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North shore residents clash with developers and council over Port Marigny project

MANDEVILLE, LA (WVUE) -

The honeymoon between some Mandeville residents and the once popular project on the lakefront is over. 

Thursday, dozens of people pushed back at the Port Marigny development near the Causeway.  

The plan is to build on 42 of the 73 acre lot that used to be a concrete manufacturing facility. 

The proposed development would include 416 living units, 60,000 square feet of commercial space, a marina, green space as well as a possible hotel on the city's lakefront.

Many residents argue the big development will ruin their small town feel. 

"The outside of town has been ruined, but if you come back in to the old part of Mandeville, it's the same as it was when I was a kid," resident Susie Wiedeman said. "But if they build Port Marigny, it's going to ruin that. It's going to be like anyplace U.S.A." 

"The traffic on Monroe St. will be unbearable," resident Ann Marie Fargason said. 

Port Marigny would no doubt increase traffic in the small community of Old Mandeville with the possibility of bringing in hundreds of families to the quiet lakefront. 

But developers say if they made the project any smaller they would fail to profit off the multi- million dollar investment.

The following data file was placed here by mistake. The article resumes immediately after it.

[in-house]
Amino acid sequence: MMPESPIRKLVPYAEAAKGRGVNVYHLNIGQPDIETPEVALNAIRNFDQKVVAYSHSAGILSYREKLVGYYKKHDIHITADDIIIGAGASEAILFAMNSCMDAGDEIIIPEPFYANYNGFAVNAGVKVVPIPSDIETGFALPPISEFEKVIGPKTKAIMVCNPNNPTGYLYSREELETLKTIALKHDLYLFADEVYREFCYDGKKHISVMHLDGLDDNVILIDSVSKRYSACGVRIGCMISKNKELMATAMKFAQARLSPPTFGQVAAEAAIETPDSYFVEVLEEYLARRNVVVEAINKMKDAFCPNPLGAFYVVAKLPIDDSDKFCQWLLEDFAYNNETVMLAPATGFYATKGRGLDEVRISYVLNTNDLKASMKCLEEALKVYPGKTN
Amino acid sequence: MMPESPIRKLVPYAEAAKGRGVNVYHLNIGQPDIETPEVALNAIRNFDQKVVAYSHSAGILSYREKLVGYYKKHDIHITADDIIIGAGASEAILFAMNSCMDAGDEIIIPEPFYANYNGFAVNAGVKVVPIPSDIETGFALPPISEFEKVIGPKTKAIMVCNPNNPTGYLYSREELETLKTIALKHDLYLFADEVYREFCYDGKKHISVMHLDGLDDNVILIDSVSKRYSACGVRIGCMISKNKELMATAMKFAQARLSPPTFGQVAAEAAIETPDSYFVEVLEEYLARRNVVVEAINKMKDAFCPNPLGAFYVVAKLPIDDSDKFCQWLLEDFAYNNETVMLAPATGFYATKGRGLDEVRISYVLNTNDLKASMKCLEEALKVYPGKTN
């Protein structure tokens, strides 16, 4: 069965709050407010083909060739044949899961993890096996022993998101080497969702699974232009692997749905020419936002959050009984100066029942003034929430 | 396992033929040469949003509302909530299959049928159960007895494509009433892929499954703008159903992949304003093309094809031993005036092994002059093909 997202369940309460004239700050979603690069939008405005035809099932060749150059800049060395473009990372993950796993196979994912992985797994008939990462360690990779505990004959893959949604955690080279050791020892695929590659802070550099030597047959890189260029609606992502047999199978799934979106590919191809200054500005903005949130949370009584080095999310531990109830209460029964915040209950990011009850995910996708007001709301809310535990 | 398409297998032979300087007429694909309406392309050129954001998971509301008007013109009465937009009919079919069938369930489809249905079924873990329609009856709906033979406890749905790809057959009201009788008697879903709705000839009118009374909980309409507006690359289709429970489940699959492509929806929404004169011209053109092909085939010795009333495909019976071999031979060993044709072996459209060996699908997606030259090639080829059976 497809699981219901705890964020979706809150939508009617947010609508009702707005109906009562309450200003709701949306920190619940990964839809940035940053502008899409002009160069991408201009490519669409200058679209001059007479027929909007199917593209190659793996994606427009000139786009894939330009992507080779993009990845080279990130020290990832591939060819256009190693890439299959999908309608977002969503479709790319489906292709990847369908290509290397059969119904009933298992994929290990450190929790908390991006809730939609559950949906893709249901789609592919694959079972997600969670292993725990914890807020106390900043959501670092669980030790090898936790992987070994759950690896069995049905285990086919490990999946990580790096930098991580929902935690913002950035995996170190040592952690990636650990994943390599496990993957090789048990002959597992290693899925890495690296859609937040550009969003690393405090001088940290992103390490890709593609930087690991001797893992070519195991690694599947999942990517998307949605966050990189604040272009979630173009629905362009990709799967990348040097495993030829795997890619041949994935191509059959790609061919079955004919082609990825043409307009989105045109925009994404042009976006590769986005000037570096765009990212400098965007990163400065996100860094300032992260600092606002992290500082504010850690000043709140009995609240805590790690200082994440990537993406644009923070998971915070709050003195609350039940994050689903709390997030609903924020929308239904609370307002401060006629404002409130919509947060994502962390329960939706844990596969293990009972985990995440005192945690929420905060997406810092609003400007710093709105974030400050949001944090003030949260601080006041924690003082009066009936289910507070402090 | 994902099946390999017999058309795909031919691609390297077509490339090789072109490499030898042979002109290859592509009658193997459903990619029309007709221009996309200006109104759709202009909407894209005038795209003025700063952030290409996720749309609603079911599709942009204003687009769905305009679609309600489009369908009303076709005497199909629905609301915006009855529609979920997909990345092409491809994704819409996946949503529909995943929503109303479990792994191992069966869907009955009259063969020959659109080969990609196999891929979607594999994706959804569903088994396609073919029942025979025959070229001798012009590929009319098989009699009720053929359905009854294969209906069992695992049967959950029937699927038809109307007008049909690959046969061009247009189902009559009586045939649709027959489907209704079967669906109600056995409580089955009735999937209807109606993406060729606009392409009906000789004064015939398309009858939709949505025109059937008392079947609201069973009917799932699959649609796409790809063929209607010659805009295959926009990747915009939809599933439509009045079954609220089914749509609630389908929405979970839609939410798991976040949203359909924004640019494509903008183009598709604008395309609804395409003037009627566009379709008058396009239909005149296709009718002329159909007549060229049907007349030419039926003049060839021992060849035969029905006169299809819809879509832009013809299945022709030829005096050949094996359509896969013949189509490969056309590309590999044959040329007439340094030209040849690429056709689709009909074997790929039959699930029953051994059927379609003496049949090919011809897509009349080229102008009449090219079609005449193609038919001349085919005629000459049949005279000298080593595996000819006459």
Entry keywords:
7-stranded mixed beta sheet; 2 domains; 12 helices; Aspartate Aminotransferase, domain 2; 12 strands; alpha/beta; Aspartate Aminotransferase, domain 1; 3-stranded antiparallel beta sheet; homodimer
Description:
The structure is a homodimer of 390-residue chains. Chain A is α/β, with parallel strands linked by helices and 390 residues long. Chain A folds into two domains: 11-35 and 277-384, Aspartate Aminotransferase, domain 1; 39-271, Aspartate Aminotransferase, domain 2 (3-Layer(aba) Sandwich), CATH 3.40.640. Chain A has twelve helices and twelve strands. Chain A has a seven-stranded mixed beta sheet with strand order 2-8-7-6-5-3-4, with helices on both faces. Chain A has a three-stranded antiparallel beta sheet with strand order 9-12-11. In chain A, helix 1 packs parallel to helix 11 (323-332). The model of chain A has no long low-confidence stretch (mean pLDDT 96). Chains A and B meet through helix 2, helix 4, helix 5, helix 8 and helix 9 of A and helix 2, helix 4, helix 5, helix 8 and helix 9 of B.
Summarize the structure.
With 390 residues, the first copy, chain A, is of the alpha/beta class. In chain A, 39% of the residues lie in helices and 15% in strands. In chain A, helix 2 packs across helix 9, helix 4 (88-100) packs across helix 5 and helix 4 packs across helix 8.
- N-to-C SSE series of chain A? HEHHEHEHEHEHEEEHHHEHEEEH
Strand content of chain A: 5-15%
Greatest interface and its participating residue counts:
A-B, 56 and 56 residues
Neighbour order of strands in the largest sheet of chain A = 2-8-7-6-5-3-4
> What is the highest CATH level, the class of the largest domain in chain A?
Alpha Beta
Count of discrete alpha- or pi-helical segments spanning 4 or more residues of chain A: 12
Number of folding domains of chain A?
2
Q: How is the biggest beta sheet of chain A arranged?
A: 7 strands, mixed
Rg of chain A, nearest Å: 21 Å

"This has to be constructed, cleaned and made into a project that's going to be profitable, and that's property rights. That's fairness and we're working with the city. We're doing this exactly in accordance of what city law dictates," spokesman for the developer James Hartman said. 

"I have not met anybody who wants it to stay a concrete block everyone wants it developed. Most people want the density to come down a little bit," council chair Clay Madden said. 

Madden and his fellow council members are reviewing the project. The chairman agrees Port Marigny is well within the city's zoning laws. 

"I think it's been long and tedious but necessary. We covered our bases. We've researched this very well and we're going to make the best decision for both the developer and the constituents," Madden said.  

Council members also say they want zero adverse affects on the community. 

But as the city accommodates the developers by granting them servitude on sections of land to build Port Marigny, residents feel their concerns are not being heard. 

"We want considerable less density. I don't think they'll do it," Fargason said.  

"They've said they aren't going to shrink it so I doubt their going to shrink it. So if that's the case I'd just rather they not put anything there at all," Wiedeman said. "I'd rather there be something there though."

If this project is approved, it would take years to construct. 

There is also talks of the adjacent property also being developed by the landowner into condos. 

The council hopes to make their final decision on the project by Thanksgiving this year, according to Madden. 

There is a special council meeting on Wednesday to discuss the issue. 

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